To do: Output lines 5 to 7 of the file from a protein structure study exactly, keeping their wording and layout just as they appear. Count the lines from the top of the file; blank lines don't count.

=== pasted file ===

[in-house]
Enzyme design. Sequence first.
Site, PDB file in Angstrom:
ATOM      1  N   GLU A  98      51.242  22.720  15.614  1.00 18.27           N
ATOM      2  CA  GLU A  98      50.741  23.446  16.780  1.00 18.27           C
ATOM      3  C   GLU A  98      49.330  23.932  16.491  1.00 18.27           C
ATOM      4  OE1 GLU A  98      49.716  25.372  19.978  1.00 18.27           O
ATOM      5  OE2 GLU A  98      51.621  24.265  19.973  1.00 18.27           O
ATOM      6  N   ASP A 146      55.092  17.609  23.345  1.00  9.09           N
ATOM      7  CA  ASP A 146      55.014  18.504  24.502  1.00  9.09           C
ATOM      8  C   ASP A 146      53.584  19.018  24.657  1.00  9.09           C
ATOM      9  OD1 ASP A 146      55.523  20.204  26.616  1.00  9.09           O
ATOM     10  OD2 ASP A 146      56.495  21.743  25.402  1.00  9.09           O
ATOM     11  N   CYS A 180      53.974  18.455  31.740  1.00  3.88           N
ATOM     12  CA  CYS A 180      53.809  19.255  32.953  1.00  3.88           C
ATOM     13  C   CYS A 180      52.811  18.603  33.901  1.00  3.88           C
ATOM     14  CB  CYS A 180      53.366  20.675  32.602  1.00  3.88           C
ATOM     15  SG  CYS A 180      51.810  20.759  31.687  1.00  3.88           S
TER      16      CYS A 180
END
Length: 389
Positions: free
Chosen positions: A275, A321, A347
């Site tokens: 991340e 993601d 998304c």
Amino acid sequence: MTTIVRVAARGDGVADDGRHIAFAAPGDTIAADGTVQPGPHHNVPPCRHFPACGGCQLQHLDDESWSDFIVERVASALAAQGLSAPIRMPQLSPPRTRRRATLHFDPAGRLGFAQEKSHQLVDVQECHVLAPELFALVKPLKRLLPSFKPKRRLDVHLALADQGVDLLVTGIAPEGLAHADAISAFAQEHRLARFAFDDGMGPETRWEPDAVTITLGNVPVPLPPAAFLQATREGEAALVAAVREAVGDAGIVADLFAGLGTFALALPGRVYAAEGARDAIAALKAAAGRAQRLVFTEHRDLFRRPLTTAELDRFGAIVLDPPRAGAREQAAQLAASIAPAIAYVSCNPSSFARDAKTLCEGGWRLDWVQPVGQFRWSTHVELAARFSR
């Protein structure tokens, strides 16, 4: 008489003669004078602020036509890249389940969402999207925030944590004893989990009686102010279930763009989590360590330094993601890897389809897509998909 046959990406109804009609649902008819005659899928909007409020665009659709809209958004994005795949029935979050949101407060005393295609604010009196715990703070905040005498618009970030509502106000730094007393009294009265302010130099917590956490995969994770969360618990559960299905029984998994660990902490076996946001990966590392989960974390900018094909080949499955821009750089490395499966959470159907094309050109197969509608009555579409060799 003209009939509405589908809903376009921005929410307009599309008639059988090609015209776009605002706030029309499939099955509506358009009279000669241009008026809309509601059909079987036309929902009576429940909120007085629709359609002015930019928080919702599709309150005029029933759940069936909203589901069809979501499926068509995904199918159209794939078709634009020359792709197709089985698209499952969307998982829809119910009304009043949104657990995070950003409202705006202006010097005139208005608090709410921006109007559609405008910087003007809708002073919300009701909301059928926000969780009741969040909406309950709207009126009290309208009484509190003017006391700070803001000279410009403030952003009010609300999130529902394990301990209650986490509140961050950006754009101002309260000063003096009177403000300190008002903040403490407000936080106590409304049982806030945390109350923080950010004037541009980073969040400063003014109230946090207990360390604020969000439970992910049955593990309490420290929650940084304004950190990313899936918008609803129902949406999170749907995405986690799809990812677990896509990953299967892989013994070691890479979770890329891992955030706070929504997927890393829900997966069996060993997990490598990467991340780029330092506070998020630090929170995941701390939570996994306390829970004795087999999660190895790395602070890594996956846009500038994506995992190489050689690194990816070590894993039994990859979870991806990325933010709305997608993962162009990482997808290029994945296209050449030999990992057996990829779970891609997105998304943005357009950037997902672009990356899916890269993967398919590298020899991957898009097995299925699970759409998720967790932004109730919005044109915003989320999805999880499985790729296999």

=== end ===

ATOM      2  CA  GLU A  98      50.741  23.446  16.780  1.00 18.27           C
ATOM      3  C   GLU A  98      49.330  23.932  16.491  1.00 18.27           C
ATOM      4  OE1 GLU A  98      49.716  25.372  19.978  1.00 18.27           O